Meet Metal mesh shaders — a modern and flexible pipeline in Metal for GPU-driven geometry creation and processing. We'll explore how this API can improve and add flexibility to your render pipeline, and share some of the opportunities that GPU-driven work can create. Discover how you can create procedural geometry — like hair rendering — on the GPU using mesh shaders, and build single render passes without additional compute passes or intermediate buffers. We'll also show you how to improve scene processing and rendering through GPU-driven meshlet culling.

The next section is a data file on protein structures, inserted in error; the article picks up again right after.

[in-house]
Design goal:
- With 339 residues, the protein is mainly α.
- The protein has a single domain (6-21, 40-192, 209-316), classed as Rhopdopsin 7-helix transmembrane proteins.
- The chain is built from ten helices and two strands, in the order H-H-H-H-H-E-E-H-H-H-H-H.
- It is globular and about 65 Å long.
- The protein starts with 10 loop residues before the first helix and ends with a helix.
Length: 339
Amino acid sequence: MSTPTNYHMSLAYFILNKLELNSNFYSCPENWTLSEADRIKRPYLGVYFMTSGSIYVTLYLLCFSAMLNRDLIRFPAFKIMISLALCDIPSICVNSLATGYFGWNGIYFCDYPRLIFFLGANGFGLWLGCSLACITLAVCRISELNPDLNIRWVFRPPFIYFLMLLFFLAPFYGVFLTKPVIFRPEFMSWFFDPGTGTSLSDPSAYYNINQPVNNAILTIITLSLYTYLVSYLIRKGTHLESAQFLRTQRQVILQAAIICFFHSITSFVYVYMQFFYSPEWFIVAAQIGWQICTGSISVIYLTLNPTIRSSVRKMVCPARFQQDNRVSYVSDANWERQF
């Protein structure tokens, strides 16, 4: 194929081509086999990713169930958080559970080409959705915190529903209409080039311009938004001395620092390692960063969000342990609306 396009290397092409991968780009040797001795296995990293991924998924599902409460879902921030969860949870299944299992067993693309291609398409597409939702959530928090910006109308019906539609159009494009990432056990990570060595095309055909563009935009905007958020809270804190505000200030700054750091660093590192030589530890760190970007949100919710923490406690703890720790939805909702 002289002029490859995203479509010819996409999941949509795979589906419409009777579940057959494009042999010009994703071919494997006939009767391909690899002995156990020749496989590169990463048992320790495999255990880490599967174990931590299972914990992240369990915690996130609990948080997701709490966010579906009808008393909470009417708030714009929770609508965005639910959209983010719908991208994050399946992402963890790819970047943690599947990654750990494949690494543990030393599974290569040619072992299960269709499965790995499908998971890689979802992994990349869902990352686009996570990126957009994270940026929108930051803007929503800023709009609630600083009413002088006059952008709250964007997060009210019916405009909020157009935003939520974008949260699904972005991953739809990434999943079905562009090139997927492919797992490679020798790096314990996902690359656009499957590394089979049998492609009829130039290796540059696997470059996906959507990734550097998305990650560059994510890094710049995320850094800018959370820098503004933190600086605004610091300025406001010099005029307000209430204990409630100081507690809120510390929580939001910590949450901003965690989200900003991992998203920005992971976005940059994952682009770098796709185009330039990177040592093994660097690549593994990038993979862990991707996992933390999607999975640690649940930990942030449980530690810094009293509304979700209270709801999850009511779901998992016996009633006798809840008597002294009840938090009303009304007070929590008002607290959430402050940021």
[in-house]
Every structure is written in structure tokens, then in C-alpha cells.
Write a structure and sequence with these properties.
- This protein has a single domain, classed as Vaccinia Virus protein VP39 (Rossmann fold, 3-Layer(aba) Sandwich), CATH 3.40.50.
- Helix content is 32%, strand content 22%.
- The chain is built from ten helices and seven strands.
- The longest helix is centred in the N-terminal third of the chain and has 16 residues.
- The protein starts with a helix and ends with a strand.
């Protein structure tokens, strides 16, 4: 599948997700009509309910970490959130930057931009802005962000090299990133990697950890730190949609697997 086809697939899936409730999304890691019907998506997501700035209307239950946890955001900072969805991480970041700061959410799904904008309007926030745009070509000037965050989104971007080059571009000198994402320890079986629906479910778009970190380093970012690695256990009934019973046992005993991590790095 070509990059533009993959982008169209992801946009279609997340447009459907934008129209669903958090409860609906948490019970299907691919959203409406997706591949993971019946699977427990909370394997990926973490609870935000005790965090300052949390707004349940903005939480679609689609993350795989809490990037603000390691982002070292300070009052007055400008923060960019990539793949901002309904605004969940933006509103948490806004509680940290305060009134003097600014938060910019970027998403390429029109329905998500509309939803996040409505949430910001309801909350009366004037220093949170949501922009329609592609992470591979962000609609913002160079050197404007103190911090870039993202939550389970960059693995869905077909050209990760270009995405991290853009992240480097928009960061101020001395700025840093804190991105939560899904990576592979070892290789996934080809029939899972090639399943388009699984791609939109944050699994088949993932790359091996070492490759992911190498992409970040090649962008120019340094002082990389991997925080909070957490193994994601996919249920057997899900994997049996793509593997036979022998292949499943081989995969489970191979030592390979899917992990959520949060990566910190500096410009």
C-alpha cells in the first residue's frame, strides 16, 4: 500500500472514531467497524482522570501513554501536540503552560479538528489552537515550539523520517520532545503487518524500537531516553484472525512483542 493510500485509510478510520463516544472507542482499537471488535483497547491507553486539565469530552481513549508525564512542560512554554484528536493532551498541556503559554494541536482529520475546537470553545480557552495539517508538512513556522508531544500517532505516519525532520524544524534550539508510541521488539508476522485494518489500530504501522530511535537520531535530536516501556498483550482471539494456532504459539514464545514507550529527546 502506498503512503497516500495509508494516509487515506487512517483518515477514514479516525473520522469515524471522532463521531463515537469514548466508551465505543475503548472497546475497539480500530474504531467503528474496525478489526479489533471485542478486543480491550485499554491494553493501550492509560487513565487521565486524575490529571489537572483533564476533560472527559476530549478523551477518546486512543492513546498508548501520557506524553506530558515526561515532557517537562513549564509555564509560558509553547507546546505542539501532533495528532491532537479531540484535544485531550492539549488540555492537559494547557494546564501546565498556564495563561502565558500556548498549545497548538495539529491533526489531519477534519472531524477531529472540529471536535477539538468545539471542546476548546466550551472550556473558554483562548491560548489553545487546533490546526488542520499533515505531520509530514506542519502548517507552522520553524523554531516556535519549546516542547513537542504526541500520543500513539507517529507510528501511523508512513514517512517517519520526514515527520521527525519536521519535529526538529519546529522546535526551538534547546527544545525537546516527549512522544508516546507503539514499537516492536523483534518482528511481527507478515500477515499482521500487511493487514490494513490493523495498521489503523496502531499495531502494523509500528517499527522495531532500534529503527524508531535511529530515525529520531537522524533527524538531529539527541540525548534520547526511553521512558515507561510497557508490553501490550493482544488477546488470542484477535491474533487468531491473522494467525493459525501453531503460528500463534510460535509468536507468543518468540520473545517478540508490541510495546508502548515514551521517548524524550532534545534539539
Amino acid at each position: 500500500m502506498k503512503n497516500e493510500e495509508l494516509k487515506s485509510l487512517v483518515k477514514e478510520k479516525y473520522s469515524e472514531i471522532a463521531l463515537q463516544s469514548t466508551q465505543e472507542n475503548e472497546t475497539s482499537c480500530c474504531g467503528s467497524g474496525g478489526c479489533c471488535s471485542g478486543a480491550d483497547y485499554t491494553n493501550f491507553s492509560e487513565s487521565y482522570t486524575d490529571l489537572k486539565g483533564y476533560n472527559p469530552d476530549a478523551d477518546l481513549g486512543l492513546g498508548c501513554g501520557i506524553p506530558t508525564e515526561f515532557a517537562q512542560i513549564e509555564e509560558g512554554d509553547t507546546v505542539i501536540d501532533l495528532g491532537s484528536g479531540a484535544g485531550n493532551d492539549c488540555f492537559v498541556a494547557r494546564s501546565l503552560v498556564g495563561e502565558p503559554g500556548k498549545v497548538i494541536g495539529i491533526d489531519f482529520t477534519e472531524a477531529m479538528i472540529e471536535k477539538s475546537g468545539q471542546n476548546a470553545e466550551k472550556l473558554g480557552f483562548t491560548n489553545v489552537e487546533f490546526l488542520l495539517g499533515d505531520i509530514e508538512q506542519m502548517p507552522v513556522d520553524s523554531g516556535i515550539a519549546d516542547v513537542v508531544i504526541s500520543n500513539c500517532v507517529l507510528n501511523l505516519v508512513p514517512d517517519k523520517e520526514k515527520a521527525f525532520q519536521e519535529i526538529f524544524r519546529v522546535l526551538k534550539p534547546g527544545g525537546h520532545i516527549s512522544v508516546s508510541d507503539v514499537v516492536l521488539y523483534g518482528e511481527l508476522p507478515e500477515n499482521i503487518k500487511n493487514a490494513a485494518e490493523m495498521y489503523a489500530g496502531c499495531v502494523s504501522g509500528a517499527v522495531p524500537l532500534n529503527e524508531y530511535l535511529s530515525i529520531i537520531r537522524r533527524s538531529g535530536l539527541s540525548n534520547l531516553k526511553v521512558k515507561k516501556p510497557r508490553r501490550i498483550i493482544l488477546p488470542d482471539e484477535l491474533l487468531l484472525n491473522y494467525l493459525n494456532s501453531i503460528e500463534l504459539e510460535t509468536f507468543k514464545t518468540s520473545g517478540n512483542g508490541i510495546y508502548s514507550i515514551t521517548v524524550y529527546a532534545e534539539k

- Hi! My name is Andrei. I'm a GPU software engineer with Metal Frameworks team. Today, I'm excited to introduce to you Metal mesh shaders. Mesh shaders is the new flexible pipeline in Metal for GPU-driven geometry creation and processing. It improves on the vertex/fragment pipeline, adding a lot of flexibility and removing the limitations of per-vertex processing. It has multiple applications, , but not limited to: fine-grained geometry culling, scalable procedural geometry creation on the GPU, and allowing custom geometry inputs such as compressed vertex streams, meshlets and complex procedural algorithms. I would like to cover these three things today. First, I will go over what Metal mesh shaders are. Then, I would like to tell you about two mesh shaders use cases. Mesh shaders are great for generating procedural geometry such as rendering procedural hair. Mesh shaders also help improve scene processing and rendering. A primary example of this is using mesh shaders to implement GPU-driven meshlet culling. Let's start with introducing mesh shaders. Here is the Stanford Bunny, which represents a typical mesh that you could render on the GPU. In order to render this mesh, the vertex and index data would first have to be placed in the device memory. You would then have to use render command encoder to execute a draw call. A traditional rendering pipeline consists of three fundamental stages: A programmable vertex shader stage, a fixed-function rasterization stage, and a programmable fragment shader stage. The vertex shader stage would take geometry from device memory as an input and process it. The rasterizer would produce screen space fragments, and the fragment shader would shade them to produce the final image. This pipeline has been, and still is, serving its purpose extremely well. However, it lacks flexibility and has certain limitations. Let's step through an example. Imagine that you want to generate some procedural geometry on the GPU. For example, you've decided to add procedural fur to this bunny. Let me show you how this task is handled by the traditional geometry pipeline. Traditionally, in order to generate procedural geometry, you would also need to have a compute command encoder that would perform a compute kernel dispatch. The compute kernel would take the original mesh as an input, generate procedural geometry and output it back into device memory. You would then use a render command encoder to execute a draw call that would take procedural geometry as an input and produce a final image . Not only does this approach require two command encoders, it also requires you to allocate additional memory to store the procedural geometry. In case of indirect draw calls or high expansion factors, the amount of this memory can be quite high and hard to predict. There is also a barrier between the two encoders, serializing work across the GPU. Metal mesh shaders addresses all of those issues. Mesh shaders is a new geometry pipeline that replaces the vertex shader stage with two new programmable stages-- the object shader stage and the mesh shader stage. In this example, the object shader would take geometry as an input , process it and output some data-- which we call "payload"-- to the mesh shader. It is up to you to decide what this data is. The mesh shader, in turn, would use this data to generate procedural geometry. This procedural geometry would only exist inside the draw call, so it would not require you to allocate any device memory. It would be pipelined straight to the rasterizer and then to a fragment shader that would produce the final image. Mesh draw calls are performed using the same type of render command encoder as the traditional draw calls. Mesh draw calls and traditional draw calls can be mixed and matched. Now, let's take a look at two new programmable stages.